Still it was not only disaster in the radioshack, I worked my share of DX in the mean time. Invaluable multipliers were the contacts with TL8TT on 20 and 15m (probabely not counting for the contest), PJ4DX (Bonaire), PY5AB (Brazil) and K3ZO/WX3B (USA) on 15m. I even worked a second multiplier on 10m with PY5QW (Brazil), again proof that my 10m HB9CV is amazing! When it went dark 20m became dead soon and the low bands came to life slowly. 40m didn't show the best ever although some contacts were made there despite of the RTTY QRM. 80m was quiet even at the best time slot (19:30 UTC) and I moved to 160m which was quite open to my surprise. I started to call CQ after a small S&P and it amazed me how many came back to my tiny signal. Even 5B4AIF on Cyprus answered my call (worked him on all bands except 10), I'd call that DX for my modest setup (160m only on the vertical). As you can see in the graph the rate jumps skyhigh midnight to fall down quickly after. I went to bed at 01:30 UTC and was there again at 6 UTC. I don't think I would have made many QSOs at nighttime, although you never know. I did 99% running at 80m and best DX that got back to me was PJ4DX (Bonaire) and K6ND (near Boston USA) as always 80m was my best band by far with 227 QSO made.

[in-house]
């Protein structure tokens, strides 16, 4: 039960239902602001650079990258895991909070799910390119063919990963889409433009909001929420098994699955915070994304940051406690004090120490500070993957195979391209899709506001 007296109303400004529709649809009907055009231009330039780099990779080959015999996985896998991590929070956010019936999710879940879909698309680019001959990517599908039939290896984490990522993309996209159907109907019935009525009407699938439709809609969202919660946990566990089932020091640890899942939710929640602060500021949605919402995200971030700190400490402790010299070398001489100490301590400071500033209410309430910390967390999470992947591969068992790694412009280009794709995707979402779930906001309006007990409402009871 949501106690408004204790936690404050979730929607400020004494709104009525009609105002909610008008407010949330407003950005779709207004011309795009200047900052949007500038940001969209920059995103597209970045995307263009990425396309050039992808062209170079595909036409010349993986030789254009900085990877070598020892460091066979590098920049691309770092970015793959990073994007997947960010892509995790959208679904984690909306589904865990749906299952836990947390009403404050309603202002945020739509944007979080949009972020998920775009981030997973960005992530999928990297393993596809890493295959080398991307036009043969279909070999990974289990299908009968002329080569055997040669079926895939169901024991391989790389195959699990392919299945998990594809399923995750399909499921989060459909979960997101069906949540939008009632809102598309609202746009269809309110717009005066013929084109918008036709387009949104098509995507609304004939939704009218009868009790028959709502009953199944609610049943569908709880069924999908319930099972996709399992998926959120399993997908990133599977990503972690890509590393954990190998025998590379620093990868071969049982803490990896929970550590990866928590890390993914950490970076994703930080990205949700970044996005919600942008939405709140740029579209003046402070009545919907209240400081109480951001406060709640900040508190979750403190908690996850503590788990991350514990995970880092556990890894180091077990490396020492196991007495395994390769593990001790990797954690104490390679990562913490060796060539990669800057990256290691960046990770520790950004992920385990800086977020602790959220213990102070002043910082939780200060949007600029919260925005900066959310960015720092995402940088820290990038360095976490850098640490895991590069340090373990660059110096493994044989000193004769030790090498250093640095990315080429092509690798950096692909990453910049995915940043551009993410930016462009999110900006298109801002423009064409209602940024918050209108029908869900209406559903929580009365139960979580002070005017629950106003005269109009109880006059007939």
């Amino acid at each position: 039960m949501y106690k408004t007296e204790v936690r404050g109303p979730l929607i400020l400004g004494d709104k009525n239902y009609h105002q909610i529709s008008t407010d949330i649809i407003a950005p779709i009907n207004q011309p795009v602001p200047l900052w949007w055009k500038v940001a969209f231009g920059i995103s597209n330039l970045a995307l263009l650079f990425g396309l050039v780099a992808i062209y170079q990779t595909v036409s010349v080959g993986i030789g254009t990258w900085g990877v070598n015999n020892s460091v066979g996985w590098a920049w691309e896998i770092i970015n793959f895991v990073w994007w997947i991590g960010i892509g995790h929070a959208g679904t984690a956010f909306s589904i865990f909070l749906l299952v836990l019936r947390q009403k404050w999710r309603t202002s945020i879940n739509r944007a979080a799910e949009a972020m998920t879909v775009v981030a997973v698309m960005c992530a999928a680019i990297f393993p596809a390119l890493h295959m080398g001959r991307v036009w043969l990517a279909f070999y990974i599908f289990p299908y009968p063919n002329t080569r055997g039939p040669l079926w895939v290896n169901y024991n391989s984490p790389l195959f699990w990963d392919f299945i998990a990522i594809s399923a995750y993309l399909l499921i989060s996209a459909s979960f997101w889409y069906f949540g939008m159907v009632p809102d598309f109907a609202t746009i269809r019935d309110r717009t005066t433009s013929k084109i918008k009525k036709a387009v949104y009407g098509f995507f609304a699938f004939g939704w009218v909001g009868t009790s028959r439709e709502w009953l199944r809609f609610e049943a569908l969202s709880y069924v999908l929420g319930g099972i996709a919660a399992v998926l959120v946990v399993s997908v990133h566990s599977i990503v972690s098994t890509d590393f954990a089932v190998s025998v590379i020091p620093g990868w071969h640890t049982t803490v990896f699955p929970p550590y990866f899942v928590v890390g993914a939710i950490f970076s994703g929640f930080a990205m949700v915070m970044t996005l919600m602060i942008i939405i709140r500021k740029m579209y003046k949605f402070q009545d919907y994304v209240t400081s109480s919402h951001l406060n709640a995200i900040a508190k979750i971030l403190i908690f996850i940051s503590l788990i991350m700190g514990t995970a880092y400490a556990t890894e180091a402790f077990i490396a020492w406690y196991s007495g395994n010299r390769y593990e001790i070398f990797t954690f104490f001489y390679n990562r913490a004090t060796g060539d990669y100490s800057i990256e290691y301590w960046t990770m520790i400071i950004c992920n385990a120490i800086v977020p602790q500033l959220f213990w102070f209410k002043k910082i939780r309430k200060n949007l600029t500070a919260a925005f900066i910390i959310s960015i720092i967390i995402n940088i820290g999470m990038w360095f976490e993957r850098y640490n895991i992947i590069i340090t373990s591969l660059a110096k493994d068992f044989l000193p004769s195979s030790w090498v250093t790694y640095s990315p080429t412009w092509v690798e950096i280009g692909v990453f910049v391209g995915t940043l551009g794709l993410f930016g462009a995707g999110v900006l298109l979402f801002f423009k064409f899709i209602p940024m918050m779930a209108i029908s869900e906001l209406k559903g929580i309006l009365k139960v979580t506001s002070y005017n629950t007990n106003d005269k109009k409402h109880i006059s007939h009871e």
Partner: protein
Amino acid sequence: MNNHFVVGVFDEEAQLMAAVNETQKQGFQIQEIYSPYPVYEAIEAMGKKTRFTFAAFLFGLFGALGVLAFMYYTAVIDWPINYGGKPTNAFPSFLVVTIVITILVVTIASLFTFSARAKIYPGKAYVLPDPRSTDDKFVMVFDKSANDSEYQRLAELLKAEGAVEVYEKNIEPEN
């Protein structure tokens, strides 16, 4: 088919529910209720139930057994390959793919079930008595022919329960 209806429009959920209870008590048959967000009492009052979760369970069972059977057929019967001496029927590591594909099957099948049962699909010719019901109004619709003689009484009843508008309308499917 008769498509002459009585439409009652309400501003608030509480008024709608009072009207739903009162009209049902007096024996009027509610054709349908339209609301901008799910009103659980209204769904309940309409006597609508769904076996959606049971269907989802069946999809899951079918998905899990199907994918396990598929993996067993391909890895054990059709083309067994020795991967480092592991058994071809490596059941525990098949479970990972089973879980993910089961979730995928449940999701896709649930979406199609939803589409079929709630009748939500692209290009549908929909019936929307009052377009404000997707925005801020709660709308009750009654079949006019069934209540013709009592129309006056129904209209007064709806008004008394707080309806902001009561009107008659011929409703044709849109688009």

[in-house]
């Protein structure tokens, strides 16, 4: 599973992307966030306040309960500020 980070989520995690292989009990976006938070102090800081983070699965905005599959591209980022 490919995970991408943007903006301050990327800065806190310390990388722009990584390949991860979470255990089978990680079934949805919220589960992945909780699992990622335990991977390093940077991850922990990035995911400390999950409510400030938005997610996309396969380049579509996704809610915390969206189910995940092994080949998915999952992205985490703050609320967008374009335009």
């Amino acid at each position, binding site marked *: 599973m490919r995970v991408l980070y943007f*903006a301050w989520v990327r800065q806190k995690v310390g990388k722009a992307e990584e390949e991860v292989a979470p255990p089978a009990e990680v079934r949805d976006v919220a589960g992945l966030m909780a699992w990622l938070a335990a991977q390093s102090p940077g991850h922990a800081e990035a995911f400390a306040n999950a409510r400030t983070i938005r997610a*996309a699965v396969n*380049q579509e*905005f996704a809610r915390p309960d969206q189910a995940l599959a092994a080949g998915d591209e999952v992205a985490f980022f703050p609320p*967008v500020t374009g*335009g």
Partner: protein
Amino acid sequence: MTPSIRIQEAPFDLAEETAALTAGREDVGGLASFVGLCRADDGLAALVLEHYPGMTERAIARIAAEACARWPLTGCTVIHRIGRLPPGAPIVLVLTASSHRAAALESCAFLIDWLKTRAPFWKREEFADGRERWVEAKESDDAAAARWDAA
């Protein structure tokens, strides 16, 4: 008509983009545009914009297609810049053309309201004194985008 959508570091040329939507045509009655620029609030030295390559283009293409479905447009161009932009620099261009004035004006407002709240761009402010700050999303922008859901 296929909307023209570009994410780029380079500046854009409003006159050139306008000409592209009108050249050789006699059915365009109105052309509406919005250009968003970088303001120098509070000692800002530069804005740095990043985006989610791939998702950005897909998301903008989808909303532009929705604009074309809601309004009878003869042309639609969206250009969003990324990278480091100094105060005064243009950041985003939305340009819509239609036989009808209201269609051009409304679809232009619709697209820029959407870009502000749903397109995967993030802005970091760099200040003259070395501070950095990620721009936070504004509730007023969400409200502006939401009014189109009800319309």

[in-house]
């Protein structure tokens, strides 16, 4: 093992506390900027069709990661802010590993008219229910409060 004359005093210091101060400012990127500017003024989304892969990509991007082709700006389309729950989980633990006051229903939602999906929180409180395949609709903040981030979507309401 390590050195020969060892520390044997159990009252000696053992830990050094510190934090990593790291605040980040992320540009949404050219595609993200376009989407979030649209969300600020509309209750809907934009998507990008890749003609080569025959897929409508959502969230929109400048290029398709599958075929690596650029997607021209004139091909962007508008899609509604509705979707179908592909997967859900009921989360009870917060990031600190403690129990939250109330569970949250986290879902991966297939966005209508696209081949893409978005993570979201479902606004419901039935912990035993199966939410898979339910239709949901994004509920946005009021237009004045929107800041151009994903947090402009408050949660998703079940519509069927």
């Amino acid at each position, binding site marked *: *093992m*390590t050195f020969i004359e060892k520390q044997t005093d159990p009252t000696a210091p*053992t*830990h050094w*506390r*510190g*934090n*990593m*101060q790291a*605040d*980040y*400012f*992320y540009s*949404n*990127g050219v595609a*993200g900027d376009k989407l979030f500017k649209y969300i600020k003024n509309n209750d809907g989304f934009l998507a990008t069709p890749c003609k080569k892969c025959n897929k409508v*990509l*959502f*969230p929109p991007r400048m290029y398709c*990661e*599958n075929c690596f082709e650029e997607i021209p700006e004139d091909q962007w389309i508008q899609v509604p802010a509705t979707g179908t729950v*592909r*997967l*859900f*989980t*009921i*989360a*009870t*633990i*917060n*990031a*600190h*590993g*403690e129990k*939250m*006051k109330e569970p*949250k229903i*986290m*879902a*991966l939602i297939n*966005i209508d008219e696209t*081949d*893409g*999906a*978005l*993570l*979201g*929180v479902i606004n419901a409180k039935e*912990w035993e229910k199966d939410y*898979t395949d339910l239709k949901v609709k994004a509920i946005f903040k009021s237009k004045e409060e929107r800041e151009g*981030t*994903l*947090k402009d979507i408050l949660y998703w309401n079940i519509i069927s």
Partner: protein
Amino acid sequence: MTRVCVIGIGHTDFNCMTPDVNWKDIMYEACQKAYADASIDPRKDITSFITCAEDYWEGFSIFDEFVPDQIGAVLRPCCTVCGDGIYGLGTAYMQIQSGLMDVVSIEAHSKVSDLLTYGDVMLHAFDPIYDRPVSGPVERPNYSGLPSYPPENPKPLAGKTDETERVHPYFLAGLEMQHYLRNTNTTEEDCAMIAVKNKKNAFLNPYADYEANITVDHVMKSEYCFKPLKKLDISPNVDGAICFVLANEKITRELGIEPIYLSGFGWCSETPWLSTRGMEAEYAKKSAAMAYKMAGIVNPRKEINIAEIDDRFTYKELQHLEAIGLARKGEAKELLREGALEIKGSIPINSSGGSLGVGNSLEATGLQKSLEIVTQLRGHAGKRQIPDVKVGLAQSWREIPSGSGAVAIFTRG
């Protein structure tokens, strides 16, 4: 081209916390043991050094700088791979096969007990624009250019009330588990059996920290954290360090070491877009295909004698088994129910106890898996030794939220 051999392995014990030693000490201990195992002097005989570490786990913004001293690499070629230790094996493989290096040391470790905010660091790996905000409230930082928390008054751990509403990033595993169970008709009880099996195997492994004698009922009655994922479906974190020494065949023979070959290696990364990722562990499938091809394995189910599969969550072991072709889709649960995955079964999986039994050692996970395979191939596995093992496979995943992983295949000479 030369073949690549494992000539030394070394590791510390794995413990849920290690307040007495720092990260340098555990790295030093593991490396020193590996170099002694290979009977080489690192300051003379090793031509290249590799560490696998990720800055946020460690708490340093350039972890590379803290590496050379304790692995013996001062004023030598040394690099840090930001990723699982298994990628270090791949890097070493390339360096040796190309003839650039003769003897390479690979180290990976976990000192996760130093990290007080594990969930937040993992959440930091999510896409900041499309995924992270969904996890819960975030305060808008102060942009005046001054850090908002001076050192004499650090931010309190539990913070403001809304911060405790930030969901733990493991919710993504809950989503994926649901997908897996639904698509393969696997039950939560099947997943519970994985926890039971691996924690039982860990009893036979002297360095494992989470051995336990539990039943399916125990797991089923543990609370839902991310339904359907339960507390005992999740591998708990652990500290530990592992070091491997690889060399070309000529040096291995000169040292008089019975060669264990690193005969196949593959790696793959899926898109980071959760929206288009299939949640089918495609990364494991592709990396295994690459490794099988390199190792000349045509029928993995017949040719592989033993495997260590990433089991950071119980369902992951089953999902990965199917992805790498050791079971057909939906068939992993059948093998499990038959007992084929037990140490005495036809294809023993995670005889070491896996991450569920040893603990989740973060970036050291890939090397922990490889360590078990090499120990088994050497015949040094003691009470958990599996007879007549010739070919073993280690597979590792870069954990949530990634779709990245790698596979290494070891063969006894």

Some things during this contest that should not occur:

* N1MM+ disconnected the radio when I quickly tuned over the band. Or jumped with the keyboard from station to station in the bandmap. It just lost the connection and I had to reset to get connection again. It happened at least 10 times and not during transmit (no RFI). Connection between N1MM+ and the radio always has been a issue here and it seems it gets worse in every new update. I don't know what causes this, HRD never gives me a problem.

* I mysteriously lost some logged calls. I know for shure I logged them and the next moment I log another station the station before that QSO is gone. Happened 3 times so I lost 3 QSOs. Can't remember their calls. There was at least one UA that I lost. Not shure what is the cause of this as well???

* I worked a lot of dupes. Oh yes they were in my log and I don't argue when contesting, I just logged them. 10 dupes in a reply on my CQ!!! Never worked 10 dupes ever in a contest! Anyway, 2 QSOs gives at least 50/50 chance I am in the log with a correct call.

I learn from every PACC contest. Sometimes you got luck, sometimes it is just stupidity and sometimes you really can't do anything about it.

Looking forward to the next time....

Friday, 10 February 2017

PACC preparations

Running out of time....sometimes you can't help it.